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Direct to Mobile broadcasting – what’s all the fuss about?

Direct to Mobile broadcasting – what’s all the fuss about?

There’s a growing clamour in the technology space at the moment about a relatively new innovation that could see video on demand (VoD), terrestrial television, and other multimedia content being streamed directly to your mobile phone without an internet connection.

Direct to Mobile (D2M) broadcasting is still in its infancy, but assuming it achieves critical mass it will be a game changer in terms of how it drives consumer and business behaviour.

Crudely speaking, it uses broadly the same technology that currently allows smartphone users to listen to FM radio on their device.

Given more than 80% of online traffic is currently video, and the fact that YouTube has long been the second largest search engine behind Google, the prospect of D2M making video instantly accessible opens up a wealth of possibilities and benefits across the mobile sector.

Freeing up bandwidth

When 80% of internet consumption is video, and the average person spends 84 minutes each day on YouTube, its easy to see how rich media dominates bandwidth capacity.

D2M promises to remove a huge amount of that demand, in the process generating obvious benefits such as faster browsing and better utilisation of the spectrum.

Targeted content

Advocates of D2M say that the technology will facilitate better, more effective, and improved distribution of citizen-centric public service information that can be targeted to individual users or communities.

This is obviously a double-edged sword – in the wrong hands individual content targeting can be at best irritating and at worst a security risk – but, D2M’s cheerleaders say, it may also finally help to tackle the ongoing problem of how to tackle fake news effectively.

No buffering

The blue circle of doom is the great scourge of the online experience, but the direct beaming of rich video media to offline devices does mean that we could see an end to the frustrating buffering that ruins the UX for so many mobile phone owners.

Reduced data consumption

With mobile networks now all but giving data allowances away, this is possibly less of a benefit than it might have been a few years ago, but nevertheless video consumption chews up data (and battery) like nothing else on earth.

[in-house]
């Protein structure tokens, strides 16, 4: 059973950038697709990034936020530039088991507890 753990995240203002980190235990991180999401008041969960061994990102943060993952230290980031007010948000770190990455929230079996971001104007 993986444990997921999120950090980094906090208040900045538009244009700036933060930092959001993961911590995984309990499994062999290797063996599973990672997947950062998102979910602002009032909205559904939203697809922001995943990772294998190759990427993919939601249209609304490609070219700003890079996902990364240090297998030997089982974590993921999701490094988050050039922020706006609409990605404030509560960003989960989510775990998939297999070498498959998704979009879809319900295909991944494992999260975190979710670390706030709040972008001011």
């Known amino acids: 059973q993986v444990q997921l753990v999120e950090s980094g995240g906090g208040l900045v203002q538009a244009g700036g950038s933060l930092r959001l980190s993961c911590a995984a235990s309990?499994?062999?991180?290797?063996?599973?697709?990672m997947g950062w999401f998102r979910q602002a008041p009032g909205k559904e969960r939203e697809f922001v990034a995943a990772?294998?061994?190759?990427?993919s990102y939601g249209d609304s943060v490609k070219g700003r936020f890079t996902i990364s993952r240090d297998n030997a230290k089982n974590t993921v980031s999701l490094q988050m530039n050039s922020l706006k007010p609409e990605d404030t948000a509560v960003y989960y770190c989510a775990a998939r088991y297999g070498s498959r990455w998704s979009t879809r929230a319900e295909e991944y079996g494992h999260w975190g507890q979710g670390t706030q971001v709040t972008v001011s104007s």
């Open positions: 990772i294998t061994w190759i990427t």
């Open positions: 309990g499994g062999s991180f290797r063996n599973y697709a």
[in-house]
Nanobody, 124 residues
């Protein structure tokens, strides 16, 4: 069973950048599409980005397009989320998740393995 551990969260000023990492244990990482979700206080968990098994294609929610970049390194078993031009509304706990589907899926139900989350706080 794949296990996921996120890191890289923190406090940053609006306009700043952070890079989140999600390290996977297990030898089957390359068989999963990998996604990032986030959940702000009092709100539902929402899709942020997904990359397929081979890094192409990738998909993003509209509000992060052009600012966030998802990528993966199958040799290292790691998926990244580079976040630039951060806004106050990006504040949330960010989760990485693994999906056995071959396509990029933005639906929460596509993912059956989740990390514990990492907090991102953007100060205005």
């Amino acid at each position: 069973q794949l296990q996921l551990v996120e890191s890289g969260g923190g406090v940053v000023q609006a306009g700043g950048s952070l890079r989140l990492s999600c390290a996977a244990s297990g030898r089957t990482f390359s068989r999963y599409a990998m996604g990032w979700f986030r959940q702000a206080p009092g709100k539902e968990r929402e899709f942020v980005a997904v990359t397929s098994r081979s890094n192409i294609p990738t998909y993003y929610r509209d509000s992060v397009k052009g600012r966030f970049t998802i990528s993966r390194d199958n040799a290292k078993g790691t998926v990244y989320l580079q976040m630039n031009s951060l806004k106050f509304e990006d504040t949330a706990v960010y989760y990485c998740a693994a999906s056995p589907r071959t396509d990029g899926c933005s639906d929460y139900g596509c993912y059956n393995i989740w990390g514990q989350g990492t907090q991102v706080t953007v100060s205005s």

With no data needed in order to watch video delivered by D2M, users will be able to manage with lower data allowances than ever before.

Access everywhere

Those living away from urban centres are already digitally marginalised through poor broadband coverage – though current plans to close down the entire UK ‘copper wire’ communications infrastructure and replace it with a digital alternative by 2025 should put an end to that.

Nevertheless, D2M technology will mean people from rural areas with limited or no internet access will be able to watch video content.

Better for telecoms providers

One of the key benefits of D2M is that it will allow network service providers to offload video traffic from their mobile network onto the broadcast network, enabling them to decongest valuable mobile spectrum and reduce call drops.

Smarter marketing

Video is already viewed as the most powerful marketing content a business can create, and while the advent of D2M technology may not make it any less expensive to produce, the fact that it can be consumed by – and, crucially targeted to – anyone with a mobile handset at any time will have savvy organisations integrating that opportunity into their marketing strategies.

There is a downside, however

Many businesses require their staff to use a work-supplied mobile device, and it is not yet totally clear how invasive D2M might be in terms of unsolicited content, nor how its functionality might be controlled by mobile device management (MDM) solutions.

The assumption must be that this is a hurdle that can be cleared – as it is with other forms of non-essential content – but device security will understandably a primary concern for businesses trading on commercially or personally sensitive data.

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